HOLY how-did-we-get-here?: Batman Arkham Origins
It’s Dark-Knight-by-numbers as a new developer takes over the series
Review It might be that I’m just a Batman fan, it might be that I’ve yet to be jaded by the Arkham series – certainly not to the extent that I am with the Call of Duty and Assassin’s Creed franchises – but I just can’t help but like Origins.
Set on one particularly hectic Christmas Eve during the early days of Bruce Wayne’s caped career, the multi-platform Origins finds time to not only depict a huge expanse of Gotham City, but also to provide the setting through which the Dark Knight meets many of his soon-to-be arch-nemeses.
Bullet the blue sky
Warner Bros Games Montreal must have been nose-deep in dust in the DC archives when picking the roster of heinous villains on show. Firm favourites such as the diminutive Penguin and muscle-bound Bane are there as a matter of course. So too lesser-known bad guys, Killer Croc and Deadshot among them, that will have Batman fans nodding knowingly.
But then we come to those of whom, frankly, I have never heard – the Electrocutioner, anyone?
Still, familiar or not, each bad guy is skilfully woven into an engaging plot that takes Batman into all kinds of bother as he battles the sinister Blackmask and his bevy of hired assassins.
Thunderbolts and lightning
Arkham fans won’t be surprised to hear that Batman will also come across a host of side-quests that further add to his stress. Without getting too spoiler heavy – for the plot is the most original bit of Arkham Origins, as I’ll come to – the Dark Knight can expect to lock horns with Enigma, Anarky and more as riddles are solved and bombs diffused against the clock.
As always, both story-led and optional content is punctuated by brawl after brawl with the common thugs of Gotham. Though perhaps it’s here where fans of the previous Rocksteady games might begin to feel a little let down.
For you see, while Arkham Origins does largely everything that Arkham City did, it doesn’t necessarily do anything differently. That’s a problem because it places Origins firmly in the "playing it too safe" camp alongside the likes of Assassin’s Creed and Call of Duty.
Lift ’em on up
Origins does hold one ace though: the unique combat of which I personally have yet to tire. Batman’s free-form kicks, punches and counters still have a hypnotic quality to them. The difficulty of some of the engagements – largely due to the numbers and armaments of your opponents – is certainly tough enough to offer a sense of achievement.
Add to that a couple of extra enemy types – such as the ninja, which requires extra dexterity on the part of the player when it comes to countering – and you have a system that still feels good despite the admitted similarities to the rest of the series.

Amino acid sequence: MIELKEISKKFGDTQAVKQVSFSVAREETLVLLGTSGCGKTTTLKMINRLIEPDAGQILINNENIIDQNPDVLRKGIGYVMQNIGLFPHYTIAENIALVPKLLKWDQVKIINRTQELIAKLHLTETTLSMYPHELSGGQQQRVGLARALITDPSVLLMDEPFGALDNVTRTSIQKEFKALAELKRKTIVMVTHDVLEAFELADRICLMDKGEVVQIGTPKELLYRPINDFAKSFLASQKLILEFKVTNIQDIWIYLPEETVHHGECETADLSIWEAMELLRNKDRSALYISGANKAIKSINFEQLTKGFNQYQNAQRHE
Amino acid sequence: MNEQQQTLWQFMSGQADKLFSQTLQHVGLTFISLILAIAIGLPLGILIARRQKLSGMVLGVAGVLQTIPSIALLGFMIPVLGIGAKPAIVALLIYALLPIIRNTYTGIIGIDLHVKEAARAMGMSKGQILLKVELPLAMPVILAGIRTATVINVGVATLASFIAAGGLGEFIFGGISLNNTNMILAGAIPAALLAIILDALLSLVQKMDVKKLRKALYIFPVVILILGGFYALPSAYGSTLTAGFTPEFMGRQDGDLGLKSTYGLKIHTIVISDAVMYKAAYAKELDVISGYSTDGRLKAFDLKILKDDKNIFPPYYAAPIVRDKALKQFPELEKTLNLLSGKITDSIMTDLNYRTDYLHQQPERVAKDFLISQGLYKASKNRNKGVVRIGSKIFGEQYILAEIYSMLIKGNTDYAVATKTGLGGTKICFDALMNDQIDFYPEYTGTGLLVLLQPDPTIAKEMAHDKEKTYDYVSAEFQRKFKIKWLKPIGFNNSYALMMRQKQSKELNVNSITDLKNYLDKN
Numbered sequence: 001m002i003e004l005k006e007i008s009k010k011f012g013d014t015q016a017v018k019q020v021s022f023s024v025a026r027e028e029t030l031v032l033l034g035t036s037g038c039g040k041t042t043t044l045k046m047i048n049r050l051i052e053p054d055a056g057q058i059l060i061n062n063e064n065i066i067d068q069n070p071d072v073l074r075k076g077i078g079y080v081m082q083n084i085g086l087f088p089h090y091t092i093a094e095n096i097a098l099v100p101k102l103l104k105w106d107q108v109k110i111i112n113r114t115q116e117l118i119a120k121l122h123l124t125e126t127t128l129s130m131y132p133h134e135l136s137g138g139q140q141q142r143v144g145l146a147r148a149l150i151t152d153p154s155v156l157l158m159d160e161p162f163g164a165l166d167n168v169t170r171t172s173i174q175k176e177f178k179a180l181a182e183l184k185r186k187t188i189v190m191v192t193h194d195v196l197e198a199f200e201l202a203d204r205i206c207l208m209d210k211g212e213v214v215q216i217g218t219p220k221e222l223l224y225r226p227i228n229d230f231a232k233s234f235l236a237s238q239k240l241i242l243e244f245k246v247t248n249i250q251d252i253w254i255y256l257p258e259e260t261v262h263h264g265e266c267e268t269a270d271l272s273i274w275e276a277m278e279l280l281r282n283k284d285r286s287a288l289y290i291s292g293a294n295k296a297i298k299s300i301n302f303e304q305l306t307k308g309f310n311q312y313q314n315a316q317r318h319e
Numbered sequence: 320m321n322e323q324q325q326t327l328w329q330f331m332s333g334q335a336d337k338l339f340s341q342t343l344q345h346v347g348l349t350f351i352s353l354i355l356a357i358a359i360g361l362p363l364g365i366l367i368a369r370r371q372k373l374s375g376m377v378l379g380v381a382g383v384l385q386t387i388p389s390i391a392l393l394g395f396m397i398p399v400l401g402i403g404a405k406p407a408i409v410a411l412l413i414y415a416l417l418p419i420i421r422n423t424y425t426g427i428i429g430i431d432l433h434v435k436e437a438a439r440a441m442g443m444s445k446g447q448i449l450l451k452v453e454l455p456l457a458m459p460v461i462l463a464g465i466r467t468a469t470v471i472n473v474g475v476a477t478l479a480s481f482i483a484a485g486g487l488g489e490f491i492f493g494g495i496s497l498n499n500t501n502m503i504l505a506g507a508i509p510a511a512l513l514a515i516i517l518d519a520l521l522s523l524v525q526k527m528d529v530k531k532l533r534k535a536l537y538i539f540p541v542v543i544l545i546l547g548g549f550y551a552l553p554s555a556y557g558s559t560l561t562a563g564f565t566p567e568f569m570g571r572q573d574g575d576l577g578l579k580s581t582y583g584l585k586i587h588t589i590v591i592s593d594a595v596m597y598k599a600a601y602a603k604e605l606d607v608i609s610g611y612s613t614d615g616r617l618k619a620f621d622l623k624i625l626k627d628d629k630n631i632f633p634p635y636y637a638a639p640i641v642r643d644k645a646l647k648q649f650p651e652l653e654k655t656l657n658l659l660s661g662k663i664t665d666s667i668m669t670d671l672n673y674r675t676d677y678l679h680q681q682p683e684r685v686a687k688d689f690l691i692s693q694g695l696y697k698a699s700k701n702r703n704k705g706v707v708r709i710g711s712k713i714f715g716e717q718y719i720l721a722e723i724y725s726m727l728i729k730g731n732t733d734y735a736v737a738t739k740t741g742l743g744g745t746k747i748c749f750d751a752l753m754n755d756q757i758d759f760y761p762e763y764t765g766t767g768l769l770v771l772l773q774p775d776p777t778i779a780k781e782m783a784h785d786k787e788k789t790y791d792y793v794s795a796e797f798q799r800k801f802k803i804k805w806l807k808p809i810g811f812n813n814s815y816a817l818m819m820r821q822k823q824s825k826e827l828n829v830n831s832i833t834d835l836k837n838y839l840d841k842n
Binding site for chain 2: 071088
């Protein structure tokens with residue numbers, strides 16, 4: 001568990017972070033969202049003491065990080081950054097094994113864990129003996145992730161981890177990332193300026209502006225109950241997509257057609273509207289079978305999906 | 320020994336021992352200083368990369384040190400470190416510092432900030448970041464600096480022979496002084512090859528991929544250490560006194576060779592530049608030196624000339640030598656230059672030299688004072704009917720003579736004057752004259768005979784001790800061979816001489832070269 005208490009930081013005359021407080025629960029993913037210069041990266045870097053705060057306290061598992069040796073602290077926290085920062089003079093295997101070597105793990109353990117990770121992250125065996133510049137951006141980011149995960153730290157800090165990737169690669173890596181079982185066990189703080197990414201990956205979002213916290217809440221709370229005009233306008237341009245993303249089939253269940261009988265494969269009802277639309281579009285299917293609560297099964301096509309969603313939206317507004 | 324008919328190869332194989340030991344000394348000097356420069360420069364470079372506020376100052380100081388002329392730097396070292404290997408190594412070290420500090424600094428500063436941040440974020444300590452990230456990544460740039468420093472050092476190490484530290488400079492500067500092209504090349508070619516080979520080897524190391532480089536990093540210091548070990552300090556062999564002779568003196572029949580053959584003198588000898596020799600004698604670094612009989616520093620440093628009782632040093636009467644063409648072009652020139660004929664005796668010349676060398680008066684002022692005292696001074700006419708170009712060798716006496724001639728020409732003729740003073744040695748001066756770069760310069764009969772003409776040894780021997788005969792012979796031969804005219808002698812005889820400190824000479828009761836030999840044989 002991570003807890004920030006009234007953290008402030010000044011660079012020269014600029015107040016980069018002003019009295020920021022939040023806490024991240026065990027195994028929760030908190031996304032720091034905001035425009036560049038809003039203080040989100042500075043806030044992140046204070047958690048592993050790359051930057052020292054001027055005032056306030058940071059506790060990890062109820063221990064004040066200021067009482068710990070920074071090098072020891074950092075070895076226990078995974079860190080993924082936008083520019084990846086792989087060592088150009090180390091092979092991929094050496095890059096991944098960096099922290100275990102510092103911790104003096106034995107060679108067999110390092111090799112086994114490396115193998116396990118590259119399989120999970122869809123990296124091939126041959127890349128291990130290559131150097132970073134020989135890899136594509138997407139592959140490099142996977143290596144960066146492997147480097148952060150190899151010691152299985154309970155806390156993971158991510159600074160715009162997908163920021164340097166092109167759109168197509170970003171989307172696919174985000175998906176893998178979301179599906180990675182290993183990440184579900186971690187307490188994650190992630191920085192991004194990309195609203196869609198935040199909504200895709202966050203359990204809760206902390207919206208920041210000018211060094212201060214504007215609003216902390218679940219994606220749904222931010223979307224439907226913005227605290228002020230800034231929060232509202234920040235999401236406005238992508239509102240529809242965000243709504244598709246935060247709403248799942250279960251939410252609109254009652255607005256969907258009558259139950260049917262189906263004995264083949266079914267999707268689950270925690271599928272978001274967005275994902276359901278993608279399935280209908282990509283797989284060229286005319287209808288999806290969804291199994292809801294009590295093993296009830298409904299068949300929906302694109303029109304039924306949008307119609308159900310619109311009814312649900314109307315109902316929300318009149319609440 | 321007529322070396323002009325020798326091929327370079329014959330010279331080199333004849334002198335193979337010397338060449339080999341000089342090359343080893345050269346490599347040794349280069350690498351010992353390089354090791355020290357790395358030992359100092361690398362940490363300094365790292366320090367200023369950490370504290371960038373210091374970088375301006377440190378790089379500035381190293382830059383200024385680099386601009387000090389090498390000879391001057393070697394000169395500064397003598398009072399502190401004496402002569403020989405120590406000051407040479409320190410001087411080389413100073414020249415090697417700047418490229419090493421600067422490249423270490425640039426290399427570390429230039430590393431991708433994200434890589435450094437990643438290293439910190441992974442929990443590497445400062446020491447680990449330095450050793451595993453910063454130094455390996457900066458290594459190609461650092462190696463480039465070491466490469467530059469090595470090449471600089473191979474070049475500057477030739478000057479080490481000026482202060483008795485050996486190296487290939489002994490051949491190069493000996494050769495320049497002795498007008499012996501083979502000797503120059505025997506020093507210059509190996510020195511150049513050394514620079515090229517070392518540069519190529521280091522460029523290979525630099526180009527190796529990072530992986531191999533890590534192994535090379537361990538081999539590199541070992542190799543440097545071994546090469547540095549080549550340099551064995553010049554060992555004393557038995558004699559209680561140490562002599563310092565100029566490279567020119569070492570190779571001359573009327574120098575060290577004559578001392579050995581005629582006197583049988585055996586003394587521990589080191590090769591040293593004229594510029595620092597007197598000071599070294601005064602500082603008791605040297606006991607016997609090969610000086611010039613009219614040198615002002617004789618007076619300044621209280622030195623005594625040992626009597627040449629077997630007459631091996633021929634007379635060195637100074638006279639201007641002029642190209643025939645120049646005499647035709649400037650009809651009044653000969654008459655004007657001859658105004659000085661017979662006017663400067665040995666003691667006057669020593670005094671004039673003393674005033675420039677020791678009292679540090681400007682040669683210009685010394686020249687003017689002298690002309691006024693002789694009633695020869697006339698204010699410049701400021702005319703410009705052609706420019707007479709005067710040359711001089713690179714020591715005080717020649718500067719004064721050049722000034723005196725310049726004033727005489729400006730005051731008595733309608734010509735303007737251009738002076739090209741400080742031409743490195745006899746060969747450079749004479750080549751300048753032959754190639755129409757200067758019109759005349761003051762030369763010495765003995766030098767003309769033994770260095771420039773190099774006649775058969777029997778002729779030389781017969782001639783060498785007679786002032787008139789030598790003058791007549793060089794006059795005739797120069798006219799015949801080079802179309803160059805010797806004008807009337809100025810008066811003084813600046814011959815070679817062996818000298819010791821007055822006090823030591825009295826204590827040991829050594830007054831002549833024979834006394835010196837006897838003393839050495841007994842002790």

Nights, tights and boss fights
A quick word too on the eight assassins tracking Batman’s every move. Where previous games in the series have been criticised for the way they handled boss fights – the Joker fight in Arkham Asylum being the chief culprit – the boss fights here are implemented well on the whole.
Again, don’t expect scenarios that offer anything genuinely new. But each boss brings a different challenge that further mixes up the usual rhythm of Batman’s fights. The only irksome encounters come when you go up against the more sizeable foes, whose tank-like qualities never really gel with the speed and flow of Arkham’s combat.
Away from the fighting, the detective mode also returns and – shock, horror – with a few expansions. Batman is now able to reconstruct whole sequences of events to piece together clues CSI-style, eventually gaining enough information to create a virtual overlay of the murder as it happened.
A fine idea in its way, but not nearly as interactive as it should be and all accompanied by far too much hand-holding. Indeed, the mode becomes little more than a hunt for the red triangles that signify areas that you need to scan – hardly revelatory, or much of a challenge.
The same could be said of the Dark Knight’s increasingly unlikely roster of gadgets. Each has its particular function – most of which you’ll have seen before – and, almost without fail, every time you approach a puzzle Batman will turn narrator to tell you exactly which gadget to use.
And yes, the wholly irritating rafts that must be steered across expanses of water also make an unwanted reappearance.
Making a more welcome, if rather unlikely, appearance is a first venture into online multiplayer for the series. Here players assume the identities of gun-toting gang members in bouts of three-on-three action. The unique Arkham angle being that while they battle it out, the dynamic duo of Batman and Robin are being controlled by two other players in a bid to stem the gang war.
Knees up, Mother Brown
It works well enough but hasn’t provided enough thrills to distract me from my The Last of Us habit as of yet. It’s worth a look though, if only to experience the oddity of Gears of War-style shooting within Gotham City, and to have the opportunity to play as two of Gotham’s more nefarious criminals.
The Reg Verdict
The first Arkham series title to not be developed by Rocksteady is Batman-by-numbers. But given the quality and relative infancy of the series, that seems just about acceptable. An injection of fresh ideas and the depiction of Gotham as a living city – and isn’t solely populated by goons – would have been better, but playing Caped Crusader remains a worthwhile enterprise.
That said, the next Arkham game better have some more goodies on its utility belt. One identikit sequel I can forgive, but a new franchise of ever-similar titles would be too much to take. ®